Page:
Digital Screen Burnout, Brand Loyalty Ain't Dead, Wearables Olé

Digital Screen Burnout, Brand Loyalty Ain't Dead, Wearables Olé

Poll Finds Digital Ad Burnout from Screen Overload

Are people paying less attention to digital advertising? A new survey from Harris for OAAA, the out-of-home (OOH) trade association, argues they are. Three-fourths (75%) of consumers said they're increasingly "tuning out" digital advertising, due to "excessive time" on screens. At the same time, they're noticing OOH messaging more. This was most pronounced in cities, where 34% of residents said their purchase decisions are influenced by OOH ads. There were other survey findings but these are the big takeaways.

Our take:

  • One must be skeptical of these findings because they're self-serving, but "banner blindness" has been and continues to be a real thing.
  • Digital and traditional media are ultimately complementary, unless your budget won't allow it.
  • OOH is a strong awareness medium and smartphone location data now makes it directly measurable as a performance medium as well.

Brand Loyalty Is Down – Or Is It Up?  

Pundits and consultants such as McKinsey and Deloitte, among others, argue COVID-19 disrupted consumer loyalties and motivated people to try new brands. A new survey from Yotpo argues exactly the opposite: COVID has strengthened brand loyalty. The company polled nearly 4,000 adults in three countries. While loyalty was flat for the majority, it actually increased for 26%. The survey also found the number of brands to which consumers were loyal had increased. People were more likely to be loyal to brands aligned with their values and were willing to pay more for products from favored brands.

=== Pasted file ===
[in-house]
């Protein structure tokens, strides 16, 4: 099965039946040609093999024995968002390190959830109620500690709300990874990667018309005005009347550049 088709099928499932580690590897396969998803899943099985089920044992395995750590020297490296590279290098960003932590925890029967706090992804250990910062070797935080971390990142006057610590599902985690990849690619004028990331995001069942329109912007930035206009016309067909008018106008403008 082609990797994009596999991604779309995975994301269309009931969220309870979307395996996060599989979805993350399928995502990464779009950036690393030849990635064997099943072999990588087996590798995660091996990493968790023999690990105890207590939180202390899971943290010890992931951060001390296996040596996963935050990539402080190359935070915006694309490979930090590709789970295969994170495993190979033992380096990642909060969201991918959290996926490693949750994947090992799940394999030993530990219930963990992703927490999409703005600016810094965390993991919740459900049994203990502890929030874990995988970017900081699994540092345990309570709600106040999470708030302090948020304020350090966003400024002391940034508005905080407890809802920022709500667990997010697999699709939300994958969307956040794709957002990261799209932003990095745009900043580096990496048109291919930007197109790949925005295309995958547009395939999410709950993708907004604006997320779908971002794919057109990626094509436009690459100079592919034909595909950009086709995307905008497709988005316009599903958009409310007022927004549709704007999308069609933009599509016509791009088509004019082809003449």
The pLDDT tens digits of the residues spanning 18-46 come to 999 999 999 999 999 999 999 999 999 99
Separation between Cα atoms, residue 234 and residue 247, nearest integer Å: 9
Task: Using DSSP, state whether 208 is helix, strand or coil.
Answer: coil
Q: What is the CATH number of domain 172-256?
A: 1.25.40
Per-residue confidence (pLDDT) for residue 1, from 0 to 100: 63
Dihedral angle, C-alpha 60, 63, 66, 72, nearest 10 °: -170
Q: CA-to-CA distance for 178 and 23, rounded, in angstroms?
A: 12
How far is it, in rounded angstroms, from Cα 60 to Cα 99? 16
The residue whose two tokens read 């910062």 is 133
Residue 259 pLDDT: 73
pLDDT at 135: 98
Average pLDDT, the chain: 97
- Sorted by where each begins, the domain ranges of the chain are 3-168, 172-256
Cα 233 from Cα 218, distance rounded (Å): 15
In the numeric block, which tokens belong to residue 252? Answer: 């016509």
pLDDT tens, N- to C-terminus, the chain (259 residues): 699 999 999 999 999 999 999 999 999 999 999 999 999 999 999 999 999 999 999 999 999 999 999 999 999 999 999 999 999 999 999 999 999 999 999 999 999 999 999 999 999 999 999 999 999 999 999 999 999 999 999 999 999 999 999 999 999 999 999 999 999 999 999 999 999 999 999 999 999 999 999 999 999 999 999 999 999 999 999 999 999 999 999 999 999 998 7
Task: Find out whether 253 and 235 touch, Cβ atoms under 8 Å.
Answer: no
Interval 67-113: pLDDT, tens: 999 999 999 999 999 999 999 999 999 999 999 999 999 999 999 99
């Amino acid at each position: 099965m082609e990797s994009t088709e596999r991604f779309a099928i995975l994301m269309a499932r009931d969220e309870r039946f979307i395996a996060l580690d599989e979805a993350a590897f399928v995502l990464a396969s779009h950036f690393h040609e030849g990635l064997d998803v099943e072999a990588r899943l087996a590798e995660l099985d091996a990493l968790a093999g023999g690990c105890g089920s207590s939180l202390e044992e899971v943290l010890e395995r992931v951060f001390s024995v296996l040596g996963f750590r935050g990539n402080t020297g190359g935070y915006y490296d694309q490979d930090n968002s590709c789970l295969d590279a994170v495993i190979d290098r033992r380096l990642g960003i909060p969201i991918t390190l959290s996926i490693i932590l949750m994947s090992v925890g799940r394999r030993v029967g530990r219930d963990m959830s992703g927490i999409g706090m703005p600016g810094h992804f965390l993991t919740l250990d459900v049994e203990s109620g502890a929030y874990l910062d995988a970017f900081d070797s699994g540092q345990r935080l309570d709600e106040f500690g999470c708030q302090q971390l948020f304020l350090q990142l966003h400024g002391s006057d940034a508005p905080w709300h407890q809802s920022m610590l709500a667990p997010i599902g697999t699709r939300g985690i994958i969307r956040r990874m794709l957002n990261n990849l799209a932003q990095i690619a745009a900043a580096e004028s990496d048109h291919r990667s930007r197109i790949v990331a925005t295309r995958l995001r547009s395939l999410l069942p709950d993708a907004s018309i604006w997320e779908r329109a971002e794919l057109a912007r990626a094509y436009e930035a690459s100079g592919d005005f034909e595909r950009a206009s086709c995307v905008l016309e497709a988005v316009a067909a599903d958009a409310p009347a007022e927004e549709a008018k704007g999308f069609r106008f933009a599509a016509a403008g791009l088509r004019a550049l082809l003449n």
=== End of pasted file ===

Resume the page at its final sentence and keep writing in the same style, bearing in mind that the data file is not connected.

Yotpo consumer survey (n=3,800 adults US, UK, Aus.)

Our take:

  • It's tough to reconcile these finding with the COVID "brand disruption" narrative, which is based on numerous surveys from multiple sources.
  • Surveys can be a blunt instrument and often fail to capture nuance or real world behavior. But the question in the graphic is pretty clean.
  • What we can say is this: brand loyalty still exists but its rules and requirements are rapidly evolving. More on that later.

Wearables As the Successor to Smartphones

According to this analysis, the Apple Watch now resides on more than 100 million wrists. Roughly 10% of the installed iPhone base has one; in the US it's 35%. But the Apple Watch's adoption is accelerating and there really isn't any meaningful competitor. The larger question is whether wearables will take over from smartphones. Cost, comfort, style and function are key variables. Next up: a new generation of smart glasses being developed by Apple and Facebook after an initial round of goofy failures.

Our take:

  • Apple doesn't break out Watch sales, but it's part of a category that includes AirPods, which posted $13 billion in holiday quarter revenue.
  • Google and others stumbled in their initial "smart glasses" attempts. Lessons were learned but getting it right is hard.
  • The smartphone era is already giving way to a mix of internet access points that include virtual assistants, smart-home appliances, in-car and wearables.  

Short Takes

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